The Height of Tornado Season
So now that we have the “where,” we need to examine when to go storm chasing. As previously stated, we conduct our storm chasing tours during the height of the Great Plains Tornado Season. Here are a series of images from the Storm Prediction Center that show when the most storms and tornadoes occur.
Although the given graphic here shows data from 2008, it is fairly representative of a typical, “average” year.
In the early part of the year, January to April, we can see that most tornadoes that happen occur in the southeastern part of the United States, typically along the U.S. Gulf Coast. This area is known meteorologically as “Dixie Alley”.
While a fair amount of tornadoes do occur in this area, they are not events that can be “counted on,” due to their infrequency.
Further, the Gulf Coast and southeastern states (known meteorologically as “Dixie Alley”) are unfriendly for storm chasing due to an extreme amount of large trees that prohibit good viewing of storms and that also makes storm chasing in these areas much more dangerous – it’s difficult to make quick decisions if you can’t see what you’re dealing with. Thus, we do not conduct tour activities in “Dixie Alley”.
In late April through to late June, the severe actively typically shifts into the Great Plains. This is dependent mostly on the jet stream which tends to “dip” into the plains during this time and brings with it several low pressure systems.
As you can see from the graph here, April through June are fairly consistent with its number of “Daily Outbreaks”. This is when we offer our tours due to the best possible chances of witnessing a tornado event on any given day during any of these weeks. In short, any day from March 20th to June 15th has the same exact and equal chances of witnessing a tornado event, and most definitely a severe storm event.
We can also see from the 2008 Tornado Summary that after about the 3rd week of June, the number of outbreak days falls off sharply. The reason for this is once again directly related to the Jet Stream, which begins to become much more linear at higher latitudes as it moves into the Canadian Prairies.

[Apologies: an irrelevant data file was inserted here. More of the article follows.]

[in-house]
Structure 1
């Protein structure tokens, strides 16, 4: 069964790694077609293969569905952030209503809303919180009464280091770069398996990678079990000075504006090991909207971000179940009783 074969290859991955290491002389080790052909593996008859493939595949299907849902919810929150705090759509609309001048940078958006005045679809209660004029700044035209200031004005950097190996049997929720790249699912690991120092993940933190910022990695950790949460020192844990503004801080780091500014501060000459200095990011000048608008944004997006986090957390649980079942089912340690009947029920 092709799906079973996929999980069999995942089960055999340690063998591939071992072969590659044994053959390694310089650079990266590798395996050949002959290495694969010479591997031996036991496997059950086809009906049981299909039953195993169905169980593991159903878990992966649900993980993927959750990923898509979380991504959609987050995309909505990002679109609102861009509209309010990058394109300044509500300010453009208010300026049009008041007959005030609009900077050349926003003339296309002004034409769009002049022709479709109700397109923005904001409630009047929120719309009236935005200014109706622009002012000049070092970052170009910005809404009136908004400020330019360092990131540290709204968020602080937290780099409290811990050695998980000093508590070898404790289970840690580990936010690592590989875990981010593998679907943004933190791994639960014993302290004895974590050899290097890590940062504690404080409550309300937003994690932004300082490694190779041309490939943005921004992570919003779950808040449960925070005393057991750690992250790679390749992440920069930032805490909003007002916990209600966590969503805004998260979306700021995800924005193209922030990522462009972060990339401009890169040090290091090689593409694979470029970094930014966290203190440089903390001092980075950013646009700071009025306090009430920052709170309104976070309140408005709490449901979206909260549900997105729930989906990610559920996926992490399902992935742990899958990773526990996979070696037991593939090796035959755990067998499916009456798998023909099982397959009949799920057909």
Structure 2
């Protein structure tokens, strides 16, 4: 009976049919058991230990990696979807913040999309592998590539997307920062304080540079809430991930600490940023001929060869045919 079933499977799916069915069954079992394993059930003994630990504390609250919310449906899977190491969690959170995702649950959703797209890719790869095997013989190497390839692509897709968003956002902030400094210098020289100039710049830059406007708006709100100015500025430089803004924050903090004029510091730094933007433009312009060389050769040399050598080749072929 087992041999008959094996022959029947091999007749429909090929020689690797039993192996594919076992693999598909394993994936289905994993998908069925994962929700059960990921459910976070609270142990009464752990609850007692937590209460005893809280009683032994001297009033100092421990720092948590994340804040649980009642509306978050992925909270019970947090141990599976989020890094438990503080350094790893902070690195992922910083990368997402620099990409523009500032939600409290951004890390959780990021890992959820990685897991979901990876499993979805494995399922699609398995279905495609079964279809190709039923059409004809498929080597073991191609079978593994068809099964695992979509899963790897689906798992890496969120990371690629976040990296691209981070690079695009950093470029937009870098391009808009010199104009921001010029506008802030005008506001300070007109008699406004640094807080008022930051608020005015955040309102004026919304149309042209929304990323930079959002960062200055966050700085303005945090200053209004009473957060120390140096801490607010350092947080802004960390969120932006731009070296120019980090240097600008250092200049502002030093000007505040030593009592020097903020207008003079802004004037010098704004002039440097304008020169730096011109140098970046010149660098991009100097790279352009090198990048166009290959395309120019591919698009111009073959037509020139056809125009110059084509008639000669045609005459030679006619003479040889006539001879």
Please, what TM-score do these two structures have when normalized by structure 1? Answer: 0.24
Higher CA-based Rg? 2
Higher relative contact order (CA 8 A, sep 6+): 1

After July, most of the outbreak days and events are tropical related, meaning they are associated with the impacts of tropical depressions, tropical storms and hurricanes. These are not the types of tornadoes that we’re interested in. We want tornadoes that are created from Supercell Thunderstorms. A tornado associated with tropical activity will, for the most part, not only be impossible to see due to being shrouded in massive rain, it will also be very short lived and occur in an area that isn’t “friendly” (due to roads, trees and population) for storm chasing.
It is impossible, with current technology and understanding, to be able to forecast what day we will be seeing severe storms and/or tornadoes with any amount of consistent lead time. In fact, we can forecast “where” the “best chances” of a severe storm will happen typically starting at about 48-hours in advance, but we (nor anyone else) cannot determine if the severe storms forecasted can or will produce tornadoes. Nobody can forecast which storms will or will not produce a tornado and that is where current science and technology stands.
To help you further make a decision we will state that instead of thinking of “when” a tornado might occur, you can decide where you’d generally like to chase. Would you like to chase storms in the southern regions of Tornado Alley, central regions or northern regions? While more of a rule than a law, we can look at tornado climatology summaries to get a general idea of where we might be chasing from week-to-week.
As you can see from the “Tornado Probabilities” graphics above (available from the Storm Prediction Center), as we move through May and into June, the probabilities shift to the north. So if you choose a tour during the earlier weeks in May, it’s safe to say that it is “probable” that we will be conducting our storm chasing activities in places such as the Texas Panhandle region or in central Oklahoma.
If you were to choose a tour in late June, it’s probable to say that we’ll be conducting our storm chasing activities in areas such as northeast Colorado and throughout Nebraska. This all has to do with trends relating directly to the Jet Stream, which dips into the Southern Plains during the early part of the season and retreats to the Northern Plains during the later part of the season.
Again, this is more of a “rule” than a “law,” so it’s entirely possible that an early May chase might take place in Nebraska and a late June chase might take place in the Texas Panhandle, though less probable.
On the next page, we’ll discuss storm chasing in the North vs. South of Tornado Alley.